Workers’ Compensation is generally considered a no-fault system. Essentially, a worker who is injured on the job does not need to prove he or she was injured as result of any negligence on behalf of his or her employer, but only that he or she was injured and that injury occurred on the job.
However, it should be noted that there is often more to the question of whether an injury occurred on the job that one might think. One of the major issues that arises is when an accident occurs on the way to work and on the way home from work. Generally, a worker is not entitled to workers’ compensation by a result of what is known as the coming and going rule.
However, there are other close cases that involve whether a worker was injured while working within the scope of his or her employment, even if the accident occurred when the employee was technically on the clock. This area of law goes back centuries and is not only related to workers’ compensation, which is a much newer concept. The test to determine whether someone was acting within the scope of his or her employment originated from the concept of agency law to see if an employer was liable for the acts of his or her employee. Generally speaking, if an employee was acting in some way to further the interests of his or her employer, then they were deemed to be acting within the scope of employment.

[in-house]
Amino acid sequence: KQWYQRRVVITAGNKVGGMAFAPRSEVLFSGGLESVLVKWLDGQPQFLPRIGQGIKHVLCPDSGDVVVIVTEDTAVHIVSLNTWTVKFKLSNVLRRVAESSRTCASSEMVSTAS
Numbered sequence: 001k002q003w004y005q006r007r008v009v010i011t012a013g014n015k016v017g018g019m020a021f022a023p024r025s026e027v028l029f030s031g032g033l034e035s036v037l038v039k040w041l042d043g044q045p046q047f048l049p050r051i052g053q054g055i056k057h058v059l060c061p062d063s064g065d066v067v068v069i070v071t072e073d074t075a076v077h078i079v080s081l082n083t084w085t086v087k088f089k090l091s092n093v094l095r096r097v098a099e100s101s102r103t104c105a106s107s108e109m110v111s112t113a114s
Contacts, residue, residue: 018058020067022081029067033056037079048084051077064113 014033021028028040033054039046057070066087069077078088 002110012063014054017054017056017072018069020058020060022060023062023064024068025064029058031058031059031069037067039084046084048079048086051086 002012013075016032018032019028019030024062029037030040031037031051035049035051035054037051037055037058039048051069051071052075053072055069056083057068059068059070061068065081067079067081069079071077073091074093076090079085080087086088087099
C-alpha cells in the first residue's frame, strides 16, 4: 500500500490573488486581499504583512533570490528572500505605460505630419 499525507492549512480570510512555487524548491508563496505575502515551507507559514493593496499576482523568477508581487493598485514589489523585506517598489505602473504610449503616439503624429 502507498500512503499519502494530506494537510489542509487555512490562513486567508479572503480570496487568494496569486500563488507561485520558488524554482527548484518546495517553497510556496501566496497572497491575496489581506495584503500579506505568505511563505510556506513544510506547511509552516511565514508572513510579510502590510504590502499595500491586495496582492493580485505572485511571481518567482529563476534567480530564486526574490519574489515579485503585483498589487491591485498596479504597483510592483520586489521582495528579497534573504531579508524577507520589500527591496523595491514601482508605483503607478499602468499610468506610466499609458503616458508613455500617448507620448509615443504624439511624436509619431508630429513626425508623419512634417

However, if an employee was acting solely for the benefit of themselves, he or she is said to have been on a frolic and detour, to use the old terminology, and they are not deemed to have been working within the scope of their employment. A typical example of this involves a delivery driver who makes a delivery in the company truck and then stops to visit his girlfriend. When an accident occurs, he may be said to be on a frolic and detour, and the employer is not responsible for this accident.
A recent news feature from Penn Live looks a case where a worker was seriously injured while trying to rescue a fellow worker. In this case, worker was at a sewage treatment plant when a fellow worker fell into a concrete pit. The victim died as a result of this tragic accident, and the employee who went into to the pit to help his co-worker was unable to breathe, since the pit was filled with methane gas. The worker fell off a ladder after passing out and fell to the ground, causing serious personal injury.
When he applied for workers’ compensation, his application was denied because his employer claimed he was not working in the scope of this employment when he tried to rescue the worker. The plaintiff appealed the denial of workers’ compensation benefits, and the intermediary court of appeals reversed the decision saying the rescue effort was within the scope of his employment. The state supreme court is set to hear the case.
If you or someone you love has been injured in a Boston work accident, call for a free and confidential appointment at 1-888-367-2900.
Should worker injured in rescue bid be denied workers comp? Supreme Court will decide, March 10, 2016, PA Live, By Matt Miller
More Blog Entries:
Elevator Mechanic Killed when Falling Down Shaft, Jan. 24, 2015, Boston Workers’ Compensation Lawyer Blog